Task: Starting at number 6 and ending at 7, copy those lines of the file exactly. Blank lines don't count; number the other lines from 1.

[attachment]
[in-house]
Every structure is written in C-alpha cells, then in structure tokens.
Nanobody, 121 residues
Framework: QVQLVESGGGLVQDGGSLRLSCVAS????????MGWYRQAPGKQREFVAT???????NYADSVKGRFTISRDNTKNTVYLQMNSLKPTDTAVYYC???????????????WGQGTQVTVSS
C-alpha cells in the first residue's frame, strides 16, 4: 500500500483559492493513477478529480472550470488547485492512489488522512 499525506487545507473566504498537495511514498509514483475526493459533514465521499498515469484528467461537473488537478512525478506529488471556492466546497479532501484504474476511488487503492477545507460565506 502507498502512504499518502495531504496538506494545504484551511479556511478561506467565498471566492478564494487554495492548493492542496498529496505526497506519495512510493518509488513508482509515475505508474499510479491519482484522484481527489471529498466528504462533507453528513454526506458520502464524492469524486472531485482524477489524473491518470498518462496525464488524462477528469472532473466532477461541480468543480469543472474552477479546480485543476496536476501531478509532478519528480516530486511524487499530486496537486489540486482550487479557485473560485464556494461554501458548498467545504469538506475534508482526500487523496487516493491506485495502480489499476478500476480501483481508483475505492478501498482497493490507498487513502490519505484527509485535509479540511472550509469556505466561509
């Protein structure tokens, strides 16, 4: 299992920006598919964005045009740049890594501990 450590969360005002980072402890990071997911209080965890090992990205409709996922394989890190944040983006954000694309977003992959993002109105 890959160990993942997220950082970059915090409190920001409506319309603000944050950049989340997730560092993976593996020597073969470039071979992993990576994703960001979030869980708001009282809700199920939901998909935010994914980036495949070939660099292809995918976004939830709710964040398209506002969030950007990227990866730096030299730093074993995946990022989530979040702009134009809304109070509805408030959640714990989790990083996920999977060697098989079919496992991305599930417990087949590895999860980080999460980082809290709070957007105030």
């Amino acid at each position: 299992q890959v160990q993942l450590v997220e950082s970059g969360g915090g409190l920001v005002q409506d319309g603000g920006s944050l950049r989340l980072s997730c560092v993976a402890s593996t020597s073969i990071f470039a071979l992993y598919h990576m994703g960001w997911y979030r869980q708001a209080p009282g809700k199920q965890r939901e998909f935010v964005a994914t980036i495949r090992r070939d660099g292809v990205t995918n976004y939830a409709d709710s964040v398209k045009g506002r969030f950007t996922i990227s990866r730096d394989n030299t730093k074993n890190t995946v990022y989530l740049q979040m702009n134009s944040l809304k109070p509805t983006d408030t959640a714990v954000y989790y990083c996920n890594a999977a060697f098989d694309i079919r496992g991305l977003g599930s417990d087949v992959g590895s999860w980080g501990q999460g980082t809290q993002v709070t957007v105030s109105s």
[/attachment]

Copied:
């Protein structure tokens, strides 16, 4: 299992920006598919964005045009740049890594501990 450590969360005002980072402890990071997911209080965890090992990205409709996922394989890190944040983006954000694309977003992959993002109105 890959160990993942997220950082970059915090409190920001409506319309603000944050950049989340997730560092993976593996020597073969470039071979992993990576994703960001979030869980708001009282809700199920939901998909935010994914980036495949070939660099292809995918976004939830709710964040398209506002969030950007990227990866730096030299730093074993995946990022989530979040702009134009809304109070509805408030959640714990989790990083996920999977060697098989079919496992991305599930417990087949590895999860980080999460980082809290709070957007105030």
């Amino acid at each position: 299992q890959v160990q993942l450590v997220e950082s970059g969360g915090g409190l920001v005002q409506d319309g603000g920006s944050l950049r989340l980072s997730c560092v993976a402890s593996t020597s073969i990071f470039a071979l992993y598919h990576m994703g960001w997911y979030r869980q708001a209080p009282g809700k199920q965890r939901e998909f935010v964005a994914t980036i495949r090992r070939d660099g292809v990205t995918n976004y939830a409709d709710s964040v398209k045009g506002r969030f950007t996922i990227s990866r730096d394989n030299t730093k074993n890190t995946v990022y989530l740049q979040m702009n134009s944040l809304k109070p509805t983006d408030t959640a714990v954000y989790y990083c996920n890594a999977a060697f098989d694309i079919r496992g991305l977003g599930s417990d087949v992959g590895s999860w980080g501990q999460g980082t809290q993002v709070t957007v105030s109105s």